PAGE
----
The BBC’s Inside Out programme - Homoeopathy and Malaria (YouTube video here)
We love the BBC, but we all know from time to time they can be guilty of naughty editing, especially when it comes to showing people apparently storming ‘out’. Our Medicines Director Susan Curtis was interviewed for the Inside Out programme last week, and unfortunately a lot of what she was trying to say was not shown. The most important point, and something we are very passionate about, it that as our health is so important, we advise that people seek professional advice on all matters of health.
We know there have been no clinical trials for the use of homoeopathy in the prevention of malaria but homoeopathy does have a good track record in preventing and treating other epidemic diseases.
No they don't - that is, in fact, a lie. Perhaps they would have pointed the interested customer to where details of this track record is?
Susan said that there is no absolute guarantee that you will not get malaria with any treatment and that the most important factor is to take measures to prevent being bitten by mosquitoes.
This is a fallacious argument - Product A is effective 99% of the time, Product B is effective 0% of the time. Conclusion: No absolute guarantee that you will not get malaria with any treatment. Neal's Yard do seem so treat their customers as simpletons, don't they?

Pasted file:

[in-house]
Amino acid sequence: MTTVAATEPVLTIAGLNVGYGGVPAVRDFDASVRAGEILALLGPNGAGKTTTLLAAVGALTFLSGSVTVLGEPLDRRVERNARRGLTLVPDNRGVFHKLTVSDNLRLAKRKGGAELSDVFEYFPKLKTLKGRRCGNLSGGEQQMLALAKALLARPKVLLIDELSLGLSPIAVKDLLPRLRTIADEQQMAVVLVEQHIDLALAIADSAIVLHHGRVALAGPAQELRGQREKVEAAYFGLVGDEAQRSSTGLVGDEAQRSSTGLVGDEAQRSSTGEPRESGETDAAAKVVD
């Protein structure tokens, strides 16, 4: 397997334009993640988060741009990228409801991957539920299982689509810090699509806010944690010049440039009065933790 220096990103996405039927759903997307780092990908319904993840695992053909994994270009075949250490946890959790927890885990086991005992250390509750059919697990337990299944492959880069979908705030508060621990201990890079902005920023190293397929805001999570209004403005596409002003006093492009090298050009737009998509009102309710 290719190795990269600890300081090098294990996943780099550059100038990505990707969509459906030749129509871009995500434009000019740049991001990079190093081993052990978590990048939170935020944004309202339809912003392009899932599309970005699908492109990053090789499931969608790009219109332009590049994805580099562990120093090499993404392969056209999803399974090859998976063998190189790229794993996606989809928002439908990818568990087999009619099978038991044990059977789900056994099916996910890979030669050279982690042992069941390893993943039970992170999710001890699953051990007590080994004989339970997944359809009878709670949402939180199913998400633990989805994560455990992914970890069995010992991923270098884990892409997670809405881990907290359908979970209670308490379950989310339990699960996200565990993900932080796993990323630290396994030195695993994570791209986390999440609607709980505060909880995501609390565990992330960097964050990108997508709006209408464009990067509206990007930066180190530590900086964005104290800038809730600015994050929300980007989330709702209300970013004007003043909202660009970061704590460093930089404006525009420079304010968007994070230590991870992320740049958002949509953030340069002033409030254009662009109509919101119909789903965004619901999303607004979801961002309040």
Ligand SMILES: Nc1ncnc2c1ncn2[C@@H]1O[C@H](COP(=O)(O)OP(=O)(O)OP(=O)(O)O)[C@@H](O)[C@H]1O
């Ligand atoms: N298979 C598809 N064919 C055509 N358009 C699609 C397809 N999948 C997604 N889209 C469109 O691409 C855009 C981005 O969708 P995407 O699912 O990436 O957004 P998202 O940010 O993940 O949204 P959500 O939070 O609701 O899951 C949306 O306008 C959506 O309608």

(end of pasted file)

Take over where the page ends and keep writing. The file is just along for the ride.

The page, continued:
We do not advertise or sell the remedy as a prevention for Malaria. It is supplied on request by practitioners working in Neals Yard Remedies stores, and in fact, the practitioners have been trained to always explain that the remedy should not be considered as a guarantee of prevention of malaria. The name of the remedy is based on its latin name and not on its claim to cure or prevent an ailment.
Weasel weasel weasel weasel weasel. Slippery words used to try and weasel out of the situation. I can't believe that it was written with any conviction - as I've written before, Quacks seem to be quite happy to change the normal meanings of words and conventions for their own ends. Hence we get Homeopaths saying "No, no, no, it specifically DOESN'T do what it says on the tin, it's just a name!", which in a way, is closer to the truth than they ever admit otherwise.
However, as this is obviously a contentious issue which is causing customer concern...
For 'contentious' read 'illegal' and 'immoral'.
... we have decided to withdraw the product, Malaria Officinalis 30c from sale with immediate effect.
Hoorah. All on their own. And nothing at all to do with Medicines and Healthcare Products Regulatory Agency (MHRA) investigation, of which I look forward to hearing the outcome. EDITED TO ADD (06/05/08): Outcome of MHRA report here.
EDIT: The Quackometer has also done an excellent fisking of the press release here.